The Alboran Sea is truly emerging geoeconomic space, where the complementarity and optimization of the existing infrastructures should be enhanced. Alboran ports act both as attractors of global maritime flows and as poles of regional redistribution and mutual exchange (Figure 4). Among them, RoRo traffic is of primary importance. In this sense, it is not difficult to imagine a scenario in which those ports will exchange rail-port flows in a competitive way, thanks to the interoperability of both railway infrastructure and the interconnection with other ports and urban nodes in Spain and in Maghreb. A study on the enhancement of logistics and multimodality in the Alboran Sea would be very useful to foresee future synergies and to boost the development of both corridors.
Figure 4: Main ports of the Alboran Sea and railway connections
Source: own elaboration
Strengthen Spain-Morocco Cooperation in railway development
The Trans-Maghreb Multimodal Corridor is as strategic for Morocco as the Mediterranean Corridor is for Spain. Both countries need to promote their rail freight transport for domestic and international markets. They railway networks are the links between the Sahel and Europe. Moroccan rail freight transport is above many European countries and at the same level of Spain (in terms of total annual tons). We believe that it is necessary to strengthen mutual trade relations, specifically multimodal services, through a coopetition approach: cooperate bilaterally to compete globally. It will be interesting to focus on potential Spanish Moroccan railway operation, sea-short shipping (Table 2) and on the removal of technical and administrative obstacles. The study of bilateral trade relations prepared by CETMO (tab.2) constitutes a good starting point. At a financial level, attention should be paid to European Multiannual Framework 2021-27: the reactivation of the Spain-Morocco cross-border cooperation program could be a good opportunity to finance pilot projects. Interesting initiatives have been funded by the EU Program POCTEFA – Cross-Border Cooperation Program between France, Spain and Andorra, like the TRAILS Project (Batlle, 2020).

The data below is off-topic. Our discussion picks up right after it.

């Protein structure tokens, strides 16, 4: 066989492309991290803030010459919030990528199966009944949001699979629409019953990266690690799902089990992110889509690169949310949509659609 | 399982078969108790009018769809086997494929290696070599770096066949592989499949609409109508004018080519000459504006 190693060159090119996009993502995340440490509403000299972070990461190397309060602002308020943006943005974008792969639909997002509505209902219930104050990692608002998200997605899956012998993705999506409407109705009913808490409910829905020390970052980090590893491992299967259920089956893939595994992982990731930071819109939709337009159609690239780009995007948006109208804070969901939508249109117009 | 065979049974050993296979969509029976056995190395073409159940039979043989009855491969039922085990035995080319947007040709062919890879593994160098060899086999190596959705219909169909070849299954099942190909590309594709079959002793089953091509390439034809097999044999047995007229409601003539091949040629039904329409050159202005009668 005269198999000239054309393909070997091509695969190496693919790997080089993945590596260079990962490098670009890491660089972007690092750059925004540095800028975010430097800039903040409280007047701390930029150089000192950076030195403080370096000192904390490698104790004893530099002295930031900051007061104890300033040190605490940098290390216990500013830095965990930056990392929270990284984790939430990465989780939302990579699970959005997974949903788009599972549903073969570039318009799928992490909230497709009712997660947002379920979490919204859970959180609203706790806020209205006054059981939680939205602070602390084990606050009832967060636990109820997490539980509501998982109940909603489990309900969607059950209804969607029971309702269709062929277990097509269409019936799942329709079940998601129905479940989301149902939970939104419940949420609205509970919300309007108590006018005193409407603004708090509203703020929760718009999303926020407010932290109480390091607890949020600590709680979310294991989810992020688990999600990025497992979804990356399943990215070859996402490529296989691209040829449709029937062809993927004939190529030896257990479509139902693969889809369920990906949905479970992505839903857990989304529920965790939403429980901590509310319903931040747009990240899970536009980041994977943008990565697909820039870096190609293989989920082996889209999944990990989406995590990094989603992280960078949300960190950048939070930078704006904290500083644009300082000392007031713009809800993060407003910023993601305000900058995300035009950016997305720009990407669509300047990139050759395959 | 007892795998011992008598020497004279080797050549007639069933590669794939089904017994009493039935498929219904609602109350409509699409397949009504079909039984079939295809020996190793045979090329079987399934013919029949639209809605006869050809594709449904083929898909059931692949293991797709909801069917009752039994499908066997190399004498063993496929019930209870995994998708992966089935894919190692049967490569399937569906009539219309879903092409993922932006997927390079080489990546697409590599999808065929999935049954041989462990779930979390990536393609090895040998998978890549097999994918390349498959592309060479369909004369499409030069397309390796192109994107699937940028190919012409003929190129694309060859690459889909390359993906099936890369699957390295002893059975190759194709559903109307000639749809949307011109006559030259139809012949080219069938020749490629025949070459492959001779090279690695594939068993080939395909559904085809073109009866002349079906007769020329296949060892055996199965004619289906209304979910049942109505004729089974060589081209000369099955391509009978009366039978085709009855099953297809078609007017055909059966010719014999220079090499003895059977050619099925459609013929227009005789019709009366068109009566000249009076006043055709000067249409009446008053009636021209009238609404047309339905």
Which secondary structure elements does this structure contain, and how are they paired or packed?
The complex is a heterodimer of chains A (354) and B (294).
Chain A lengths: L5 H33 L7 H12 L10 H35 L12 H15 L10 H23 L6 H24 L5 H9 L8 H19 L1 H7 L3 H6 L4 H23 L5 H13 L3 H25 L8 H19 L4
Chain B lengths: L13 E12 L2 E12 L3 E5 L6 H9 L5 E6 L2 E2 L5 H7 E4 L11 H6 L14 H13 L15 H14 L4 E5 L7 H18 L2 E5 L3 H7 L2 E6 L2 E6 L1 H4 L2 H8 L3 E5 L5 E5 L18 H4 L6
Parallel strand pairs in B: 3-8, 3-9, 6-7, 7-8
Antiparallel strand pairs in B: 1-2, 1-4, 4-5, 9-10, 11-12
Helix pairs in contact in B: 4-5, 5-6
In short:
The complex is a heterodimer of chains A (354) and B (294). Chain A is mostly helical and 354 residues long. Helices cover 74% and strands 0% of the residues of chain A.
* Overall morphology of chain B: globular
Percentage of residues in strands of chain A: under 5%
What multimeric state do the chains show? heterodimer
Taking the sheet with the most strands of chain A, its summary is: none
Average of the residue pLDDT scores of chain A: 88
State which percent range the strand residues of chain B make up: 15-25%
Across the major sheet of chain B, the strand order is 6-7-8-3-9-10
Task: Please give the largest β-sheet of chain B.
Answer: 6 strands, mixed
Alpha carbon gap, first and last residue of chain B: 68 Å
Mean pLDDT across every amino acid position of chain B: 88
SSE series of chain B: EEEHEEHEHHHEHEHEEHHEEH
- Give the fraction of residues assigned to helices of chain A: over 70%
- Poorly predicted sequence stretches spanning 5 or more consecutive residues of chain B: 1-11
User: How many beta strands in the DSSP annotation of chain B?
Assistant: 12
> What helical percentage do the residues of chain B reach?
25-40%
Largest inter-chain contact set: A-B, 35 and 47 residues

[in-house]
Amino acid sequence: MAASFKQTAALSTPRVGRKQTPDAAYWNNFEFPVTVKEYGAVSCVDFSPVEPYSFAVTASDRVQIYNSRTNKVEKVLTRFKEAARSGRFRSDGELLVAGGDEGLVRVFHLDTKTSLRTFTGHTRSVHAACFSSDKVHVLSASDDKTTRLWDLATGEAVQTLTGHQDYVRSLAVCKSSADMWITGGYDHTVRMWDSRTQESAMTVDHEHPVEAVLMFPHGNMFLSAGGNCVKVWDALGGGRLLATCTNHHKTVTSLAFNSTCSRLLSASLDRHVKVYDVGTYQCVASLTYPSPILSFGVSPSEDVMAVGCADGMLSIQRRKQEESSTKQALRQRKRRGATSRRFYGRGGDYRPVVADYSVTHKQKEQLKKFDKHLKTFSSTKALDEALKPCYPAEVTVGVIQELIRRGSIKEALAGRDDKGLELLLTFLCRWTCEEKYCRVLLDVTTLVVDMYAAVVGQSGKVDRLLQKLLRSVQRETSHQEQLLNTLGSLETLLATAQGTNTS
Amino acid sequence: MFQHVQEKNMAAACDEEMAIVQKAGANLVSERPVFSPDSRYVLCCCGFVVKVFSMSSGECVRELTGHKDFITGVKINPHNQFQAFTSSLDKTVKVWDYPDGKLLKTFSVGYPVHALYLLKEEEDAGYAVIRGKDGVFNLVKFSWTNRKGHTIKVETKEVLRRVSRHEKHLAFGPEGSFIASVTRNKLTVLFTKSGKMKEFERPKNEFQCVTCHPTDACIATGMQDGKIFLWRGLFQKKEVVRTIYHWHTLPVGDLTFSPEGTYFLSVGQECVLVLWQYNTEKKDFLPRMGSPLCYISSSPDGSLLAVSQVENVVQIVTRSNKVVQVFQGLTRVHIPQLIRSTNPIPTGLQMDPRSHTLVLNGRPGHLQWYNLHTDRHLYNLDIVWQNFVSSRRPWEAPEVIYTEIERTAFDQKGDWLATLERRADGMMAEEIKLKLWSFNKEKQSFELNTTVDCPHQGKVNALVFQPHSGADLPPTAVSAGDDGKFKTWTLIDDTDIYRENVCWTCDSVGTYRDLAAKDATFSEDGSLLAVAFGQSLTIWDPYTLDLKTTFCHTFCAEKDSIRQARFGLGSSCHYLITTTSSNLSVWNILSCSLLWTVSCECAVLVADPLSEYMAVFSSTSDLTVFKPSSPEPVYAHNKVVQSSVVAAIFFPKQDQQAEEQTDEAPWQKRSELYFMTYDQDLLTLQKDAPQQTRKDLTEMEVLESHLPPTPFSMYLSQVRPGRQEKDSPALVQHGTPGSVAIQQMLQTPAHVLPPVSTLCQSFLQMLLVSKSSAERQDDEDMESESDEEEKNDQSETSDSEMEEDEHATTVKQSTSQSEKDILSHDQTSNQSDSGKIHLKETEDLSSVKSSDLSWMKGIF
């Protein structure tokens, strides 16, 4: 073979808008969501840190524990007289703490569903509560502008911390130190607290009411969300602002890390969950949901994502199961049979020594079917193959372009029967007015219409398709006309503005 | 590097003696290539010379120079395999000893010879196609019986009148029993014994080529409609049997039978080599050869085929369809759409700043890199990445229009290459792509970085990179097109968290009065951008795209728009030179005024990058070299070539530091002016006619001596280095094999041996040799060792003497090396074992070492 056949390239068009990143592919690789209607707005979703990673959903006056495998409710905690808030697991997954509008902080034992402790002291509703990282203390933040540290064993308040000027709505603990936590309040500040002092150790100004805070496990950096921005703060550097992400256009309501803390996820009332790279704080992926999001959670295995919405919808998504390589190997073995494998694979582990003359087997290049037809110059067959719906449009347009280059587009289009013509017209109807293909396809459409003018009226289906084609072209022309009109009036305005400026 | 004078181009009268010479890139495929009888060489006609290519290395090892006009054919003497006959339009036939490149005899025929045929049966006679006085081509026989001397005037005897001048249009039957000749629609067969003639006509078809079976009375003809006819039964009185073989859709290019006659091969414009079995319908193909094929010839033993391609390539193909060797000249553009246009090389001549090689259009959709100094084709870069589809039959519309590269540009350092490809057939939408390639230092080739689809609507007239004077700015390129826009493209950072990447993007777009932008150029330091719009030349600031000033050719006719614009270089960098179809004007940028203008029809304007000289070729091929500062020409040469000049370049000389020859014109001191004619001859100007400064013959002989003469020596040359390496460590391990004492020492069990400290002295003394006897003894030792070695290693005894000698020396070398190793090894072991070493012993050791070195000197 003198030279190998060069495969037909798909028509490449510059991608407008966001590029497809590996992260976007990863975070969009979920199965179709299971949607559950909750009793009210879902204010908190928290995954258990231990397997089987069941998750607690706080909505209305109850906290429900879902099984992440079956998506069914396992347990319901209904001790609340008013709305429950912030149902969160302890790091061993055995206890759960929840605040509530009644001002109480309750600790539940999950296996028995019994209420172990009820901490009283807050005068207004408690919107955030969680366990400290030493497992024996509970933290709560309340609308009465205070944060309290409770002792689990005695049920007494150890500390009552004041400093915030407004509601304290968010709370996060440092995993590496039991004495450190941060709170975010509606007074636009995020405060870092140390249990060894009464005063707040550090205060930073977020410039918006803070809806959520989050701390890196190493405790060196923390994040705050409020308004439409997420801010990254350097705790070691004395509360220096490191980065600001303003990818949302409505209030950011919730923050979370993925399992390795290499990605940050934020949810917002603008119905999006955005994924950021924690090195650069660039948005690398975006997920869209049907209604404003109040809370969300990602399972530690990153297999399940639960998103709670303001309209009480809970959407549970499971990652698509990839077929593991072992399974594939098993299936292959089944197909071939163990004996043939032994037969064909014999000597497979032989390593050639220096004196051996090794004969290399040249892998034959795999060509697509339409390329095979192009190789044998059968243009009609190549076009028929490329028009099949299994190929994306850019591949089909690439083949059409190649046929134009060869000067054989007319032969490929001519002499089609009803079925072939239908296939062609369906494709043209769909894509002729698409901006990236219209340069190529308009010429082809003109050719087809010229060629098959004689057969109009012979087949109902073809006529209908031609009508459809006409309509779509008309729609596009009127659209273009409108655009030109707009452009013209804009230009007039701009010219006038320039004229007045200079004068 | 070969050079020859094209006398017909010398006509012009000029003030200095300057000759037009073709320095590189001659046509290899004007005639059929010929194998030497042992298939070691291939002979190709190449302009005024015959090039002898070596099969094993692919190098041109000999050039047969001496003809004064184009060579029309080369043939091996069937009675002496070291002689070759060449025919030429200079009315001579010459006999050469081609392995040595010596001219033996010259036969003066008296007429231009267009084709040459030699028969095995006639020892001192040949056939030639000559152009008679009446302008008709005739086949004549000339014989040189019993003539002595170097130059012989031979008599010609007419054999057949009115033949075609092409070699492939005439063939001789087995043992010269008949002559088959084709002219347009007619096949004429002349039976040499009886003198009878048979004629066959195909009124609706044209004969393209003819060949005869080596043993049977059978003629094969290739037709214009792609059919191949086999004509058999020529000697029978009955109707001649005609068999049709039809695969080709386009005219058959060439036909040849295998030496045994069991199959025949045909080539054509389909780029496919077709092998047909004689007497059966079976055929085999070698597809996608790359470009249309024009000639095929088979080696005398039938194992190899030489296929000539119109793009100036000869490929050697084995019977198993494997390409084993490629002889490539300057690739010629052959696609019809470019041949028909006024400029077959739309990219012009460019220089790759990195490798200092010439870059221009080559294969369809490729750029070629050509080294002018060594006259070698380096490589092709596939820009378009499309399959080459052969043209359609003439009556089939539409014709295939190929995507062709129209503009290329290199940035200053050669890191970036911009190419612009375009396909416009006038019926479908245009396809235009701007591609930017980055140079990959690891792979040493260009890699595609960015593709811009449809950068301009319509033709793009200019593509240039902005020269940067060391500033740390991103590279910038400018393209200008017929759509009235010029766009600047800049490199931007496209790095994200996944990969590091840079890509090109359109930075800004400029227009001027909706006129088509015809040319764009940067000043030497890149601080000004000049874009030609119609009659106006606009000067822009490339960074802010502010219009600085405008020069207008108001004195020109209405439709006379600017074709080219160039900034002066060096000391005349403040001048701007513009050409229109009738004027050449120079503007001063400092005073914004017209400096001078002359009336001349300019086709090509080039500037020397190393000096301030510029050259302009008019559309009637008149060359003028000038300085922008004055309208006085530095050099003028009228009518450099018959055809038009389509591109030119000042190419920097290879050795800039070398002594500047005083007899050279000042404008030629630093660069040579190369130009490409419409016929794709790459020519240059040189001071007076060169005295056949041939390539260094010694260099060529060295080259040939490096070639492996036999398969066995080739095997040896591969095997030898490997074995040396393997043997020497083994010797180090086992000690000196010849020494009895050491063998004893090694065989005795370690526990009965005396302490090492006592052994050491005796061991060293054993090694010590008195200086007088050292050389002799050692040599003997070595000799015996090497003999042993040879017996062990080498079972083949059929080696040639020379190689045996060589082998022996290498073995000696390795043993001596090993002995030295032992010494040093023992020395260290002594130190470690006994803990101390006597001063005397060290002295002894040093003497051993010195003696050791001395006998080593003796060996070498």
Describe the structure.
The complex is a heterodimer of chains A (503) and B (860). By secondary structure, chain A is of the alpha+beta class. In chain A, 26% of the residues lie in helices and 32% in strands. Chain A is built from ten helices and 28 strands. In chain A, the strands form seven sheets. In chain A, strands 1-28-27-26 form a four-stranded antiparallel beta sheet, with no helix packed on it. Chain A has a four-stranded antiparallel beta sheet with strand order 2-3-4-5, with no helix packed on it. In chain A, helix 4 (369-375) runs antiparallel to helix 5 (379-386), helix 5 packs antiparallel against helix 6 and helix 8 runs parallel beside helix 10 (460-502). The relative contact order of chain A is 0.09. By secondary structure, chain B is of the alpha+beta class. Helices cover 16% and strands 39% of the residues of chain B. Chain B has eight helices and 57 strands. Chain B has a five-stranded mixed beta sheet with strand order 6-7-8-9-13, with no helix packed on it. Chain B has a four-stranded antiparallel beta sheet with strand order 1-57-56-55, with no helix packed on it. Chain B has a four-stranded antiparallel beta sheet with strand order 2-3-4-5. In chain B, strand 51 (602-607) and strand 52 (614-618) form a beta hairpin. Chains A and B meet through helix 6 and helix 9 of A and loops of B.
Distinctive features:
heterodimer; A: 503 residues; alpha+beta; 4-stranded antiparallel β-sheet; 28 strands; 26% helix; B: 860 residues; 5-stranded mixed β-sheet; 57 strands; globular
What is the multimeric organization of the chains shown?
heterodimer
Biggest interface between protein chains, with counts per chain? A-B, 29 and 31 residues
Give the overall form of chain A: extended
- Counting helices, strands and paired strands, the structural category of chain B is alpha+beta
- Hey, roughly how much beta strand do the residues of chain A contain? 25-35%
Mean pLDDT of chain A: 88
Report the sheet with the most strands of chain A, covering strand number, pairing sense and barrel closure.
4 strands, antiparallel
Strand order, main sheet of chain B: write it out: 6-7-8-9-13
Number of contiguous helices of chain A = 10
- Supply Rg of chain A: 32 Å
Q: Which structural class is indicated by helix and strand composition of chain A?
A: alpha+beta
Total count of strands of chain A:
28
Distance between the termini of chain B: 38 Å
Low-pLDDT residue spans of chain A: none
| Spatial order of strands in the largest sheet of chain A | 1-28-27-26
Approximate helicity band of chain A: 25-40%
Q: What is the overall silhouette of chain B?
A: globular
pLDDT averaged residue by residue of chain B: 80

|Port||Origin (MAIN flows)|
|Algeciras||Morocco, Mauritania, Tunisia|
|Valencia||Argelia, Morocco, Tunisia|
|Barcelona||Argelia, Morocco, Tunisia|
Table 2: main maritime relation between Med Corridor ports and Maghreb (import)
Source: CETMO (2019)
MEDC and TMC: intercontinental connection between Africa and Europe in Post-Covid era
CETMO, as well as other institutions and research centers, have demonstrated how Euro-African freight flows have been growing constantly in the last ten years (before the outbreak of the pandemic crisis). Many African countries supply European markets and its industries with raw materials such as energy products and raw minerals. Conversely, Europe provides semi-finished products and basic agricultural or industrial products to African countries. Many of these products are compatible with rail transport. In this sense, the two corridors play a fundamental role in capturing and distributing such goods. The Mediterranean Corridor represents the fastest, most efficient, and environmentally sustainable way to reach the economic heart of Europe (Prytherch, & Boira, 2011; Libourel, 2017; Loyer 2020). The ports of Andalusia, Murcia, Valencia, and Catalonia will be connected in the medium term with the standard gauge, so that a part of these flows could be routed by freight trains to France, Germany and the other countries without interruptions or train changes. The Mediterranean Corridor already counts with the only Spanish port that is fully interoperable and already connected to Europe, that is the Port of Barcelona.
In the Post-Covid-19 Era, Governance is a crucial dimension for the achievement of the objectives of both Corridors. The pandemic has unveiled the fragilities of the pre-covid transport sector, namely the lack of digitalization, of infrastructural interoperability, and of synergies between all modes. Transport and logistics need to be more resilient. In this sense, we think it is strategic to align the Trans-Maghreb Multimodal Corridor to the TEN-T scheme as established in Regulations 1315/2013 and 1316/2013: similar objectives, requirements, deadlines, financing opportunities and governance approaches could be also implemented in the southern shore of the Mediterranean Sea. In this sense, the MEDA TEN-T project developed by CETMO is a good starting point. Thematic Working groups could be also set up to strengthen cooperation networks, to tackle common challenges and to exchange good practice on specific topics such as last mile connection, bottlenecks removal (Medeiros et al, 2021) and cross-border cooperation and urban nodes. A TMC Coordinator could also be defined as well as National Coordination Offices for each state involved and a general Workplan could also be developed. Last but not the least, the pedagogical aspect of TMC should be promoted to the citizenship, being the infrastructural backbone of the Maghreb, a true Euro-African gate. A Geographic Information System (GIS) could be a suitable instrument for this task. Based on our experience, an open GIS with up-to-date information on both infrastructure and services is highly demanded for civil society, media, and industries.
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Any use or reproduction of the information presented on these articles should be accompanied by a citation of CETMO and IEMed’s intellectual property rights.